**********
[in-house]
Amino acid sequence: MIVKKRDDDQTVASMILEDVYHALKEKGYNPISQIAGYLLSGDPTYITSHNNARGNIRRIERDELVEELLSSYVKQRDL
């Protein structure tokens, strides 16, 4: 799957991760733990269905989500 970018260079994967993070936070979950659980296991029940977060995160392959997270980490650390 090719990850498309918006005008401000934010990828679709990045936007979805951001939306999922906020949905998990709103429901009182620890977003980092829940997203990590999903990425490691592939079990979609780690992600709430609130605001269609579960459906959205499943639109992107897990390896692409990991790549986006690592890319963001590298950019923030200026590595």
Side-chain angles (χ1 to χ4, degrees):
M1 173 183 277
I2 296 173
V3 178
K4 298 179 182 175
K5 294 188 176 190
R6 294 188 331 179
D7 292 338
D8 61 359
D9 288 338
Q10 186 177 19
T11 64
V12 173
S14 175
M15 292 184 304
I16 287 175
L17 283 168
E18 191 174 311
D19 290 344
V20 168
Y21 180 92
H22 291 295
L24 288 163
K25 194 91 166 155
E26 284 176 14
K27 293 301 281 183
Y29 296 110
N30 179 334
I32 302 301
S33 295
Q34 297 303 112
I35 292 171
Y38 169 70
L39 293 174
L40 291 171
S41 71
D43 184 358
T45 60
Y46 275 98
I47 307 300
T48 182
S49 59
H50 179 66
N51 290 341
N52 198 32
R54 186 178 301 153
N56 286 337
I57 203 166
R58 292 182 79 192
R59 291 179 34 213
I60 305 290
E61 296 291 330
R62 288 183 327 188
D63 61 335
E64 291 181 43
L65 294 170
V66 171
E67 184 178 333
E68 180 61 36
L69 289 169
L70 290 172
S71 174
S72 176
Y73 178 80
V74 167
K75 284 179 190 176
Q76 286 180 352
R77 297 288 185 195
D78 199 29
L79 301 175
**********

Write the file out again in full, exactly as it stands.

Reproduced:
[in-house]
Amino acid sequence: MIVKKRDDDQTVASMILEDVYHALKEKGYNPISQIAGYLLSGDPTYITSHNNARGNIRRIERDELVEELLSSYVKQRDL
């Protein structure tokens, strides 16, 4: 799957991760733990269905989500 970018260079994967993070936070979950659980296991029940977060995160392959997270980490650390 090719990850498309918006005008401000934010990828679709990045936007979805951001939306999922906020949905998990709103429901009182620890977003980092829940997203990590999903990425490691592939079990979609780690992600709430609130605001269609579960459906959205499943639109992107897990390896692409990991790549986006690592890319963001590298950019923030200026590595």
Side-chain angles (χ1 to χ4, degrees):
M1 173 183 277
I2 296 173
V3 178
K4 298 179 182 175
K5 294 188 176 190
R6 294 188 331 179
D7 292 338
D8 61 359
D9 288 338
Q10 186 177 19
T11 64
V12 173
S14 175
M15 292 184 304
I16 287 175
L17 283 168
E18 191 174 311
D19 290 344
V20 168
Y21 180 92
H22 291 295
L24 288 163
K25 194 91 166 155
E26 284 176 14
K27 293 301 281 183
Y29 296 110
N30 179 334
I32 302 301
S33 295
Q34 297 303 112
I35 292 171
Y38 169 70
L39 293 174
L40 291 171
S41 71
D43 184 358
T45 60
Y46 275 98
I47 307 300
T48 182
S49 59
H50 179 66
N51 290 341
N52 198 32
R54 186 178 301 153
N56 286 337
I57 203 166
R58 292 182 79 192
R59 291 179 34 213
I60 305 290
E61 296 291 330
R62 288 183 327 188
D63 61 335
E64 291 181 43
L65 294 170
V66 171
E67 184 178 333
E68 180 61 36
L69 289 169
L70 290 172
S71 174
S72 176
Y73 178 80
V74 167
K75 284 179 190 176
Q76 286 180 352
R77 297 288 185 195
D78 199 29
L79 301 175